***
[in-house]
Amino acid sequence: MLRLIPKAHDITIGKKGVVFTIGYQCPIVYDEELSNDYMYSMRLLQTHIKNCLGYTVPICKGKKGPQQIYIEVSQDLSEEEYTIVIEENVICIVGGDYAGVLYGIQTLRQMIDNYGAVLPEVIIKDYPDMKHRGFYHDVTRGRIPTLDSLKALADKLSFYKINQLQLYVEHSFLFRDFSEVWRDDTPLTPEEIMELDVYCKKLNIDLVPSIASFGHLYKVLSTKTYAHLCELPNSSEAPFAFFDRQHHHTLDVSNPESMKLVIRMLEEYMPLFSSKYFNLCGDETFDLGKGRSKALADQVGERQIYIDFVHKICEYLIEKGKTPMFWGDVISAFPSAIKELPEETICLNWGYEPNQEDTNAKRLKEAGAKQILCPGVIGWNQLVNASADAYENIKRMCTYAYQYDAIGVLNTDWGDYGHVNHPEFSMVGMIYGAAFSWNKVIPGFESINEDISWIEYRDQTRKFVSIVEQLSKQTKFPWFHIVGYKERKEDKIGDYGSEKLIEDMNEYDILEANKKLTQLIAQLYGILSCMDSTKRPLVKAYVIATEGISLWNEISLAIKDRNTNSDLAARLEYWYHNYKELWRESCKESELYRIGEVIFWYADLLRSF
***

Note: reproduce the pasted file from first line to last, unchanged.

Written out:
[in-house]
Amino acid sequence: MLRLIPKAHDITIGKKGVVFTIGYQCPIVYDEELSNDYMYSMRLLQTHIKNCLGYTVPICKGKKGPQQIYIEVSQDLSEEEYTIVIEENVICIVGGDYAGVLYGIQTLRQMIDNYGAVLPEVIIKDYPDMKHRGFYHDVTRGRIPTLDSLKALADKLSFYKINQLQLYVEHSFLFRDFSEVWRDDTPLTPEEIMELDVYCKKLNIDLVPSIASFGHLYKVLSTKTYAHLCELPNSSEAPFAFFDRQHHHTLDVSNPESMKLVIRMLEEYMPLFSSKYFNLCGDETFDLGKGRSKALADQVGERQIYIDFVHKICEYLIEKGKTPMFWGDVISAFPSAIKELPEETICLNWGYEPNQEDTNAKRLKEAGAKQILCPGVIGWNQLVNASADAYENIKRMCTYAYQYDAIGVLNTDWGDYGHVNHPEFSMVGMIYGAAFSWNKVIPGFESINEDISWIEYRDQTRKFVSIVEQLSKQTKFPWFHIVGYKERKEDKIGDYGSEKLIEDMNEYDILEANKKLTQLIAQLYGILSCMDSTKRPLVKAYVIATEGISLWNEISLAIKDRNTNSDLAARLEYWYHNYKELWRESCKESELYRIGEVIFWYADLLRSF